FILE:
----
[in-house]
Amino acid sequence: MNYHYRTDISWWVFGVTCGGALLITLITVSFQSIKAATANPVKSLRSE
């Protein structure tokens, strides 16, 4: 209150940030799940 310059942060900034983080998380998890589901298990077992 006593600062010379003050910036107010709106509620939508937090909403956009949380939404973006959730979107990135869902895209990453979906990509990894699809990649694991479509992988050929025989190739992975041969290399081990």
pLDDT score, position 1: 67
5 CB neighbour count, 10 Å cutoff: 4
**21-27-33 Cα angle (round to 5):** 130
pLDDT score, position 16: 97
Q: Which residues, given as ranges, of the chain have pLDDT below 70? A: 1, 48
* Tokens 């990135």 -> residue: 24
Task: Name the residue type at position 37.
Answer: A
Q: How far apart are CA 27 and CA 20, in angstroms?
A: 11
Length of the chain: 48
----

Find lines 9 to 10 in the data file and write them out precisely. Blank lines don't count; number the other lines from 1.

* Tokens 């990135």 -> residue: 24
Task: Name the residue type at position 37.